Oh, it's a long time since I read, and reread, and immersed myself in Gene Wolfe's Soldier of the Mist, the tale of a veteran of the Persian War (479BC) with traumatic amnesia. (The sequel, Soldier of Arete, didn't make as much of an impression on me. I'm not sure why.)
'Read this every day' is written on the outside of the scroll that Latro carries with him. It's the only lasting memory he has: though when he wakes he may recall the previous evening, by noon he will have forgotten. At the beginning of each scroll, of course, there's not much story-so-far to read. As the scroll (or the novel) fills up, though, it's less feasible for Latro to catch up with his own story. He'll have more of a grasp on events at the beginning of his tale than events just beyond the boundary of memory. And all of them will read as though they happened to another man -- so he can express surprise, disbelief and amusement at his own actions, just as an impartial observer might do.
Soldier of Sidon has been a long time coming -- there have been rumours of a third book in the sequence ever since I began attending SF conventions and pub meets, fifteen-ish years ago. I've read online that Wolfe lost his notes and drafts, and had to recreate them: if true, it's even more remarkable that he's reproduced the voice of Latro so consistently. (That does sound as though I'm damning with faint praise. It's what writers do, eh? But Latro, amnesiac and god-touched (or -touching), is an unnervingly unreliable narrator.)
Wolfe resorts to the same narrative techniques, with elaborate variations, again and again. One of the most noticeable is that the narrative cuts away from the action just before a momentous event and resumes later, possibly with the assumption that the audience is aware of what's happened off-stage. (I can think of several instances of this in 'The Book of the New Sun', not to mention Pandora, by Holly Hollander.) It's an effective technique in that it pulls the reader into the text: an irritating one, though, in that close attention is sometimes necessary to locate these lacunae. Especially true in Latro's case, because chances are that he doesn't remember what happened.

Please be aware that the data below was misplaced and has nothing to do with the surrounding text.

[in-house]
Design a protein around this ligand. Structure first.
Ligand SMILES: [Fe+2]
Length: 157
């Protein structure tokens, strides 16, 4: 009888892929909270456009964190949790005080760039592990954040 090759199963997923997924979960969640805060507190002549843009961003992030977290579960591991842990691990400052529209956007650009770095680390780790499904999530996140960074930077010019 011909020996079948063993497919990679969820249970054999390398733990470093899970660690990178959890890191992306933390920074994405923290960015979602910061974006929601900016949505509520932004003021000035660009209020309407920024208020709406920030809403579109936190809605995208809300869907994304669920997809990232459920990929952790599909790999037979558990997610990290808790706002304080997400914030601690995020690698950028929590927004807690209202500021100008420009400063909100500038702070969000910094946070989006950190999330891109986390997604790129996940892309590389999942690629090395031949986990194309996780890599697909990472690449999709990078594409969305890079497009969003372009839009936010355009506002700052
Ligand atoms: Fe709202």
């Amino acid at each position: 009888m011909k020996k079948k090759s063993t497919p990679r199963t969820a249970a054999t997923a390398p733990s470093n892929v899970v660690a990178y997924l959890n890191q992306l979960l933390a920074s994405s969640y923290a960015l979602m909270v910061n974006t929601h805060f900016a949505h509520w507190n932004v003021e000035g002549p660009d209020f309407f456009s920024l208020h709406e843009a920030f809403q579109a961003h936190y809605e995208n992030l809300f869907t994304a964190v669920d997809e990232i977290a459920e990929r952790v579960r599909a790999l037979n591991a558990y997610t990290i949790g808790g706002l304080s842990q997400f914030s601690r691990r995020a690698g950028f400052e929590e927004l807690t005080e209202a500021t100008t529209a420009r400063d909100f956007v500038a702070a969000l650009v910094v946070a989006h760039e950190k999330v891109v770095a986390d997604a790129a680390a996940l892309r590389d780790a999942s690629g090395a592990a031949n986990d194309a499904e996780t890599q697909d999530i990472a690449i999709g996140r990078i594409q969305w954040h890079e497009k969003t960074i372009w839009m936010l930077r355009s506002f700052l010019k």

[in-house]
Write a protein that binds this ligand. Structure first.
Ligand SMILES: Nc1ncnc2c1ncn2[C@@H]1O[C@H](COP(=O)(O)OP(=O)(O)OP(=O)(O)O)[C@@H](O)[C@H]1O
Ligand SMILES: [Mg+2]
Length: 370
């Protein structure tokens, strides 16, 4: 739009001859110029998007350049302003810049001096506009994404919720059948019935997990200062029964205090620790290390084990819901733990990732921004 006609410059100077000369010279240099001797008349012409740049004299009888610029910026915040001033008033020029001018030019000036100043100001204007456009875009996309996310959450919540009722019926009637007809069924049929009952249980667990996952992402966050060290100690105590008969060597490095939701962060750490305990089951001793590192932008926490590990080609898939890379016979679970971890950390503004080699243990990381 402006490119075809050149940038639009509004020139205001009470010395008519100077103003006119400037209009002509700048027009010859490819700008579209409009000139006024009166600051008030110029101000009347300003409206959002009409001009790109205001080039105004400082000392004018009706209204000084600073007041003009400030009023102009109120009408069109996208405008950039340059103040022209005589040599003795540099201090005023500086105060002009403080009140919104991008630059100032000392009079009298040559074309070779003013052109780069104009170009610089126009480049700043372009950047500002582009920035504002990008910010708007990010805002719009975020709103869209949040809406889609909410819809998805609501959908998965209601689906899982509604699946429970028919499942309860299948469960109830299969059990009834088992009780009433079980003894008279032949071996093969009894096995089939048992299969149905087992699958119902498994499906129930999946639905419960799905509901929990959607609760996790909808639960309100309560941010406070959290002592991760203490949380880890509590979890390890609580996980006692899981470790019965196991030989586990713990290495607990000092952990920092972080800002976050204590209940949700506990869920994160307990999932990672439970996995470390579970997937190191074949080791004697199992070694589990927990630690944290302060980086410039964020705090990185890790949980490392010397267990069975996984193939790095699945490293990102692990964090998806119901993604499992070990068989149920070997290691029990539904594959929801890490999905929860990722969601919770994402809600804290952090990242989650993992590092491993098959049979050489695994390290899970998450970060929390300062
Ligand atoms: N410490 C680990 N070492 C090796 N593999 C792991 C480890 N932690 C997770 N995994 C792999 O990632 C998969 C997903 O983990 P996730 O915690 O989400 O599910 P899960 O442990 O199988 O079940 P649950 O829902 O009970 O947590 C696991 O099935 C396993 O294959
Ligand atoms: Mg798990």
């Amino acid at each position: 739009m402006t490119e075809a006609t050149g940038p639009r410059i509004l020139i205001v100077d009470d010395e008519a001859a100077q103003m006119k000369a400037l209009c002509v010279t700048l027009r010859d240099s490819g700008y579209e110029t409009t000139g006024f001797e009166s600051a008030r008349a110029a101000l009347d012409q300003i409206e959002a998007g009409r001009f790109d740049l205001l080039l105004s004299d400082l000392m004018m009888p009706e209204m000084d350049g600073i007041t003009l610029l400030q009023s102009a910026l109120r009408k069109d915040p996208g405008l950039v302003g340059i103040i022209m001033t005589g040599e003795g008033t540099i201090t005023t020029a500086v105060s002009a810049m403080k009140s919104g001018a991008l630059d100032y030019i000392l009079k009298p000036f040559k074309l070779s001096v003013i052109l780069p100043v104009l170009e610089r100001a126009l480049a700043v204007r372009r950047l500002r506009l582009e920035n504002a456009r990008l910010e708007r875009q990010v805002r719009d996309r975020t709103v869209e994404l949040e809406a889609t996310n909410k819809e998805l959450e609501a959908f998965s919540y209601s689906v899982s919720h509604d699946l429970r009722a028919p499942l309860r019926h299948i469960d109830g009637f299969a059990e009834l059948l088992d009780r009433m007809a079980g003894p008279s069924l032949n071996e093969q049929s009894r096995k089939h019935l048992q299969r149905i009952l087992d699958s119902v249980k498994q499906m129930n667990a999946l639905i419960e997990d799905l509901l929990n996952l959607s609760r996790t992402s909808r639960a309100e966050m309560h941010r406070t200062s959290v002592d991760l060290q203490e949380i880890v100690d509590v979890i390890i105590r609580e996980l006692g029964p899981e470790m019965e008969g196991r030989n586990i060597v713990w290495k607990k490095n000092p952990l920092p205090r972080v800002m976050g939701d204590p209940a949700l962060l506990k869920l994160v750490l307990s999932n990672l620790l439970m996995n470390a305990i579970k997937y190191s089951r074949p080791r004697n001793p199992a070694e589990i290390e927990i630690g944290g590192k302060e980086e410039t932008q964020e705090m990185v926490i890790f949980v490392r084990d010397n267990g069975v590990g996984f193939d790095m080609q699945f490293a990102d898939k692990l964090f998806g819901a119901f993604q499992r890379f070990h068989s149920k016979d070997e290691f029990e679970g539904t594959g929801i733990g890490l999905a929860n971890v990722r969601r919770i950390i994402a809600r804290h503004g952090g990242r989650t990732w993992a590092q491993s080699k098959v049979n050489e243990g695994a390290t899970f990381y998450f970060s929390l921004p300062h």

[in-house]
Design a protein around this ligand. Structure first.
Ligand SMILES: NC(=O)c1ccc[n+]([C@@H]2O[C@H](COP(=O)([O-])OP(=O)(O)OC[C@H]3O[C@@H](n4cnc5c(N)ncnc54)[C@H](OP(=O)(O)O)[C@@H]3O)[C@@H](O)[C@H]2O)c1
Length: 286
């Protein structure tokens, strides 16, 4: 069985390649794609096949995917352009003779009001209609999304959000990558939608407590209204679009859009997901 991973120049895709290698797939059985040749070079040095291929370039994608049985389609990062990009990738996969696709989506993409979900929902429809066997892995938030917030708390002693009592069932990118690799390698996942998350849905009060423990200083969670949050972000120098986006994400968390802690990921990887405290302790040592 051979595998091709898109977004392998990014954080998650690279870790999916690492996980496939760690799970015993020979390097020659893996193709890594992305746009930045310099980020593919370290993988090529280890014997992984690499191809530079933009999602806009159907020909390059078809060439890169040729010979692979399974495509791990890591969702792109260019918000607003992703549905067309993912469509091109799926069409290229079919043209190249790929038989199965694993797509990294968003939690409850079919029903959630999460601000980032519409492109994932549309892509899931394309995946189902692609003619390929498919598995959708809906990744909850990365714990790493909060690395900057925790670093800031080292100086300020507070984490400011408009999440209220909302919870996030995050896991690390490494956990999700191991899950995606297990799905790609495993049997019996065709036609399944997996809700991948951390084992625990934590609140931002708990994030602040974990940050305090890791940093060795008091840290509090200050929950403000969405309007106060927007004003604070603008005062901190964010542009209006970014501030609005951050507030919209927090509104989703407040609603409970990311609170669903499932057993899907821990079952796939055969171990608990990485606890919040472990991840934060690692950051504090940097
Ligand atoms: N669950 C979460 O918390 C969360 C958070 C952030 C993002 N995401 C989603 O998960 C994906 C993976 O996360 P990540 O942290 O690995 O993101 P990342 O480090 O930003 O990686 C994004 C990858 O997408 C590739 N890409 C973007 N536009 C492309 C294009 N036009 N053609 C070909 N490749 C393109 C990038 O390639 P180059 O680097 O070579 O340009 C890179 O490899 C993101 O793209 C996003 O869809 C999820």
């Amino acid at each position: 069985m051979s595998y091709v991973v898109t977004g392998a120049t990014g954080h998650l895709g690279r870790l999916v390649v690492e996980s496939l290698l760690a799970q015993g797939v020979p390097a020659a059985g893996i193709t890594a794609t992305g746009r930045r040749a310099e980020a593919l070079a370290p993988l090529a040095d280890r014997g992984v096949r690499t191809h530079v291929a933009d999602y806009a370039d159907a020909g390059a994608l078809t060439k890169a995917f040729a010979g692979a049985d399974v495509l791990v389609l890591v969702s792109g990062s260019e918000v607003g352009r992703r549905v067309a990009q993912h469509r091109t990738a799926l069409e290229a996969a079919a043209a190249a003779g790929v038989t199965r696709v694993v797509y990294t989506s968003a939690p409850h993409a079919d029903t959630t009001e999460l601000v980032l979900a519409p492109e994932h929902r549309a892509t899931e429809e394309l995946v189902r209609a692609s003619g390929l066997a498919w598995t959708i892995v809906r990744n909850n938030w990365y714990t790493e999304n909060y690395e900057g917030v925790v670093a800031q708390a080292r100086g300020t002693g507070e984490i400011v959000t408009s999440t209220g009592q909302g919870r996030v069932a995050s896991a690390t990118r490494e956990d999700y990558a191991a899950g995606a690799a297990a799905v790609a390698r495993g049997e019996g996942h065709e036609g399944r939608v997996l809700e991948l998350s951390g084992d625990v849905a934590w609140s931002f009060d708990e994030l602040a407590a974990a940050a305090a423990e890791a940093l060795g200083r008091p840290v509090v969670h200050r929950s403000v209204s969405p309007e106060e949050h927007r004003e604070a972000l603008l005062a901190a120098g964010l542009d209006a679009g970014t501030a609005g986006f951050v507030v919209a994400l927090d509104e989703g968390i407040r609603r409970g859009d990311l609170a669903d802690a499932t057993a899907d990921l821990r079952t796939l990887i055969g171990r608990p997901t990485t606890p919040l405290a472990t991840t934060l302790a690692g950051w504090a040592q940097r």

In Soldier of Sidon, Latro goes to Egypt in search of long-promised healing. (It's not entirely clear how much time has elapsed since the end of Soldier of Arete. In early chapters, Latro writes about his life before this journey started, but soon those memories have gone.) Egypt, as somebody tells him, is riddled with gods, rotten with 'em: they're everywhere. And they most certainly make themselves known to Latro.
(Another Wolfe trope: the woman who is not what she seems, not alive or not human or not a woman.)
I liked Latro a lot more, in this novel, than I did in the previous two: but that might simply be that I'm older and calmer (or more perceptive; or pickier; or nostalgic; or zombified. Or a character in a Wolfe novel, who need not appear consistent but may still be so.)